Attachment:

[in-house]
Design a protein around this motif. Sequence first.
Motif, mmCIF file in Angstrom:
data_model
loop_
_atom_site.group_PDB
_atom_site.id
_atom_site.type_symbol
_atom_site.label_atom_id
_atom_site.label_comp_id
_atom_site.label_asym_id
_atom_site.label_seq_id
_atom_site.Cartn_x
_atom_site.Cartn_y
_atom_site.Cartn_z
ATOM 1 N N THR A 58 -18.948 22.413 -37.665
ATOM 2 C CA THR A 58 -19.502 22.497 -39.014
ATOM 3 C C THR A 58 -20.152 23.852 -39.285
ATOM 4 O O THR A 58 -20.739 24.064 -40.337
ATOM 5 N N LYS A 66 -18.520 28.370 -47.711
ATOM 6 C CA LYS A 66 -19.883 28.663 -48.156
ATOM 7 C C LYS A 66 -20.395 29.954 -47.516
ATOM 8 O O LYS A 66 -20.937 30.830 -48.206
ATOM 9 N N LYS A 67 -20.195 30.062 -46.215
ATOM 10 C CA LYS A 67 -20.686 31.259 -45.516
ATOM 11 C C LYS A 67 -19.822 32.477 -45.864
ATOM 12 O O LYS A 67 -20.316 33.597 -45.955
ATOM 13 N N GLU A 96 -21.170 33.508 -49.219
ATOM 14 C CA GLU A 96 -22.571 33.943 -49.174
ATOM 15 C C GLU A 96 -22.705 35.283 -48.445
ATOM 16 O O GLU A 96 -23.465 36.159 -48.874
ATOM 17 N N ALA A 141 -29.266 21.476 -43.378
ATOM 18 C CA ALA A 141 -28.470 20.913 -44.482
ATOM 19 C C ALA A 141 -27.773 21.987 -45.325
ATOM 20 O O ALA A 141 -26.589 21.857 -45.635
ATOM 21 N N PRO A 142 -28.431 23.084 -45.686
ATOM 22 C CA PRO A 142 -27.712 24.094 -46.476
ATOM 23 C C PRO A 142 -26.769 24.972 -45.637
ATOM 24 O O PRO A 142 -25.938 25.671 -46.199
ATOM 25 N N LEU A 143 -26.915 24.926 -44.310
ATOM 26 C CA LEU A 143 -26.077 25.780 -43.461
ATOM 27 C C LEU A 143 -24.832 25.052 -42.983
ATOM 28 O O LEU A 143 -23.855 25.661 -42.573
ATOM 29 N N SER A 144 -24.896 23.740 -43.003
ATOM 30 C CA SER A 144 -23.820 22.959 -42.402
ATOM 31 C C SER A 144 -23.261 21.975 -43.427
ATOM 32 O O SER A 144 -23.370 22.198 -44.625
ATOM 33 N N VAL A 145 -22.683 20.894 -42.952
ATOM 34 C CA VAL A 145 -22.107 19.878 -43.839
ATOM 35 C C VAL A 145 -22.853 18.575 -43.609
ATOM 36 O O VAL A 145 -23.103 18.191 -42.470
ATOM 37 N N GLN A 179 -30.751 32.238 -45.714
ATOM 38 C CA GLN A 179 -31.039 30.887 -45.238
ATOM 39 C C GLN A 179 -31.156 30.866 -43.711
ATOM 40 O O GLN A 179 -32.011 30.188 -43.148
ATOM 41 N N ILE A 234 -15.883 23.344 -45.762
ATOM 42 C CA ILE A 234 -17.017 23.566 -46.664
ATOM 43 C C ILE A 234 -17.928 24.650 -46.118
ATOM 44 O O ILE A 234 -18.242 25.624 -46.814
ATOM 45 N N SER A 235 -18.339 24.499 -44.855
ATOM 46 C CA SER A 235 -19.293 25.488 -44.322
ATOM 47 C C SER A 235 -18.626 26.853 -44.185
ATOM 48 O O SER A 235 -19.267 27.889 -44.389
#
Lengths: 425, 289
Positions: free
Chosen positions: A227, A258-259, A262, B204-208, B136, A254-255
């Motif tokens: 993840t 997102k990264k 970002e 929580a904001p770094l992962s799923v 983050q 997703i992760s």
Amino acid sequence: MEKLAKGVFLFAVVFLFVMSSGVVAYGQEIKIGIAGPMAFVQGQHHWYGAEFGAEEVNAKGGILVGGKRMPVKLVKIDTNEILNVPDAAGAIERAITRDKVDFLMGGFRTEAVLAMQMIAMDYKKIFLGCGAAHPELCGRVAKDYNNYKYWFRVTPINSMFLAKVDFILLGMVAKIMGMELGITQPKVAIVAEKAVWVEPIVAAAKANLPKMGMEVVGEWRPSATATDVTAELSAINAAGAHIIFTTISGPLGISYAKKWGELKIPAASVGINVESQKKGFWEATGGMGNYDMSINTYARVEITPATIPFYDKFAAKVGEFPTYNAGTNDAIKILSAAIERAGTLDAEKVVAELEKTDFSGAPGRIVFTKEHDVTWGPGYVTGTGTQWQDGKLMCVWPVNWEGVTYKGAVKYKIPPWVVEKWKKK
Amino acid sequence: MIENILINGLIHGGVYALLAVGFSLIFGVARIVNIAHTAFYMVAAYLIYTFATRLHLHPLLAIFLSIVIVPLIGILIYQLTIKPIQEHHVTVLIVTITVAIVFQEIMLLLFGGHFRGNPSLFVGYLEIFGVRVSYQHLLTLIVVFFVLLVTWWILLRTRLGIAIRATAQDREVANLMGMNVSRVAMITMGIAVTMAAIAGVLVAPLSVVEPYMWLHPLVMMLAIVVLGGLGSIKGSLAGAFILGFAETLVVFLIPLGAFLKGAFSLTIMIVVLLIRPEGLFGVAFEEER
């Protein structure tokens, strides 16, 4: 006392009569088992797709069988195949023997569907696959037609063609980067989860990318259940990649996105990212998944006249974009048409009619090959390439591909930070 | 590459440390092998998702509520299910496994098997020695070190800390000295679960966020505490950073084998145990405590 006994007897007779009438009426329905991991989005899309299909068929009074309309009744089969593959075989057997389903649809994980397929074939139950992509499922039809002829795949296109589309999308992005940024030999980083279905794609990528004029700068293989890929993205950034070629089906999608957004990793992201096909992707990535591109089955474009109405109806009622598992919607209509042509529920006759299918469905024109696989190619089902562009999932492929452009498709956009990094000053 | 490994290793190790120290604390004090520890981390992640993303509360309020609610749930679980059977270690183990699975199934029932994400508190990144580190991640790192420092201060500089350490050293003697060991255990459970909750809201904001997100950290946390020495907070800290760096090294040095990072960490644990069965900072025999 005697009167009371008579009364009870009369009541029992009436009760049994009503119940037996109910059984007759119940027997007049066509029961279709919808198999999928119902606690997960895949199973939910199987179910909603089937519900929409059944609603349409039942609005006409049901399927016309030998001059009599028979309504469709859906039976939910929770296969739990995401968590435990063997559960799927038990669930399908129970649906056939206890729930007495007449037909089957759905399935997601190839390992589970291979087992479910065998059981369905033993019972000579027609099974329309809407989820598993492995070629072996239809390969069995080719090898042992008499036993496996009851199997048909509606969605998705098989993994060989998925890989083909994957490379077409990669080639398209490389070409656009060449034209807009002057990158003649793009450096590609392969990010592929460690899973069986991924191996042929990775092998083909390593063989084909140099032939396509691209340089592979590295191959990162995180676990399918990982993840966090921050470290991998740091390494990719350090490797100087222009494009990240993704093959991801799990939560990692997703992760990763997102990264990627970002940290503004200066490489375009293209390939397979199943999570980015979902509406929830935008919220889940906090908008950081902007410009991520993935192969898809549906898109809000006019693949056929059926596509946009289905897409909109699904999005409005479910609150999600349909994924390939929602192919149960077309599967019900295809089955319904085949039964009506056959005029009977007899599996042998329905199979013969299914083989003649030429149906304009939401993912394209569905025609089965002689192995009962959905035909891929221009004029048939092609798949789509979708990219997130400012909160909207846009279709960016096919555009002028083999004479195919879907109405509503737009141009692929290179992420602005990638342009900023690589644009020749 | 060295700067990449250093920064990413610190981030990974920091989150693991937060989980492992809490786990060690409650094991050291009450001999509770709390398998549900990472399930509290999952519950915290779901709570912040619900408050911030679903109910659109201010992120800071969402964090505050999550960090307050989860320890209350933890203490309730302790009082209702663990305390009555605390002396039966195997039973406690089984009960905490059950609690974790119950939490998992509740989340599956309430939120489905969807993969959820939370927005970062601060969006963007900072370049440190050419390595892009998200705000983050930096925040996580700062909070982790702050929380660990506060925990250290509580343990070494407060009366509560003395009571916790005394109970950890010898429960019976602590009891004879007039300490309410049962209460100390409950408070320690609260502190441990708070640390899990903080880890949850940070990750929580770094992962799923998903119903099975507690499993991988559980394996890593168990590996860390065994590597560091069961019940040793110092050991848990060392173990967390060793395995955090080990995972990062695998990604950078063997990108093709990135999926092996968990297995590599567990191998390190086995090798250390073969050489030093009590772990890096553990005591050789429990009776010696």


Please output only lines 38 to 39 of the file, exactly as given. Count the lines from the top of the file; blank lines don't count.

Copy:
ATOM 23 C C PRO A 142 -26.769 24.972 -45.637
ATOM 24 O O PRO A 142 -25.938 25.671 -46.199